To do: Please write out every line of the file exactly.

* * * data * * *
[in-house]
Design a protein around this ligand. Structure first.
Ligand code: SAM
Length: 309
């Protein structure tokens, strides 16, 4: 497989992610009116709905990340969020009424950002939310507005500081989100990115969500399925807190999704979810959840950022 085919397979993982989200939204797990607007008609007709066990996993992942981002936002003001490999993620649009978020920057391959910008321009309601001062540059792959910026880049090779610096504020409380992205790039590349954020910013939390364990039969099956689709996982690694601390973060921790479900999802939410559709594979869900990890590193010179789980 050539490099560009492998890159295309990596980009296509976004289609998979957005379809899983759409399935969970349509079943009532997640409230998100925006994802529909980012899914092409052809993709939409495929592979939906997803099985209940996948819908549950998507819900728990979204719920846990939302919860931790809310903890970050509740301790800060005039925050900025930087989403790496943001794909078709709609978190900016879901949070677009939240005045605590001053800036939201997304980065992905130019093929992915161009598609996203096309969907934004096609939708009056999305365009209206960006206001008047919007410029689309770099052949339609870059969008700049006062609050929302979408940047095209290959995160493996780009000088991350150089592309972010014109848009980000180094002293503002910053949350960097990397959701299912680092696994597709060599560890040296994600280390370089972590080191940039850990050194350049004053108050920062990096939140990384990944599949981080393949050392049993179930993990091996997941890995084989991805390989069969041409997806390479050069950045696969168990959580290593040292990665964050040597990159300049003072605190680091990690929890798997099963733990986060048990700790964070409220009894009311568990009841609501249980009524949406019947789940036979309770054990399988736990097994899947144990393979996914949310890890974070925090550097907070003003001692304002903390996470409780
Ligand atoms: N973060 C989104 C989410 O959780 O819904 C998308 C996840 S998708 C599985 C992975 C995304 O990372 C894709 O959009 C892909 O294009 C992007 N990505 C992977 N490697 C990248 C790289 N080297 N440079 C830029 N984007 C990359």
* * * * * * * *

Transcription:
[in-house]
Design a protein around this ligand. Structure first.
Ligand code: SAM
Length: 309
């Protein structure tokens, strides 16, 4: 497989992610009116709905990340969020009424950002939310507005500081989100990115969500399925807190999704979810959840950022 085919397979993982989200939204797990607007008609007709066990996993992942981002936002003001490999993620649009978020920057391959910008321009309601001062540059792959910026880049090779610096504020409380992205790039590349954020910013939390364990039969099956689709996982690694601390973060921790479900999802939410559709594979869900990890590193010179789980 050539490099560009492998890159295309990596980009296509976004289609998979957005379809899983759409399935969970349509079943009532997640409230998100925006994802529909980012899914092409052809993709939409495929592979939906997803099985209940996948819908549950998507819900728990979204719920846990939302919860931790809310903890970050509740301790800060005039925050900025930087989403790496943001794909078709709609978190900016879901949070677009939240005045605590001053800036939201997304980065992905130019093929992915161009598609996203096309969907934004096609939708009056999305365009209206960006206001008047919007410029689309770099052949339609870059969008700049006062609050929302979408940047095209290959995160493996780009000088991350150089592309972010014109848009980000180094002293503002910053949350960097990397959701299912680092696994597709060599560890040296994600280390370089972590080191940039850990050194350049004053108050920062990096939140990384990944599949981080393949050392049993179930993990091996997941890995084989991805390989069969041409997806390479050069950045696969168990959580290593040292990665964050040597990159300049003072605190680091990690929890798997099963733990986060048990700790964070409220009894009311568990009841609501249980009524949406019947789940036979309770054990399988736990097994899947144990393979996914949310890890974070925090550097907070003003001692304002903390996470409780
Ligand atoms: N973060 C989104 C989410 O959780 O819904 C998308 C996840 S998708 C599985 C992975 C995304 O990372 C894709 O959009 C892909 O294009 C992007 N990505 C992977 N490697 C990248 C790289 N080297 N440079 C830029 N984007 C990359």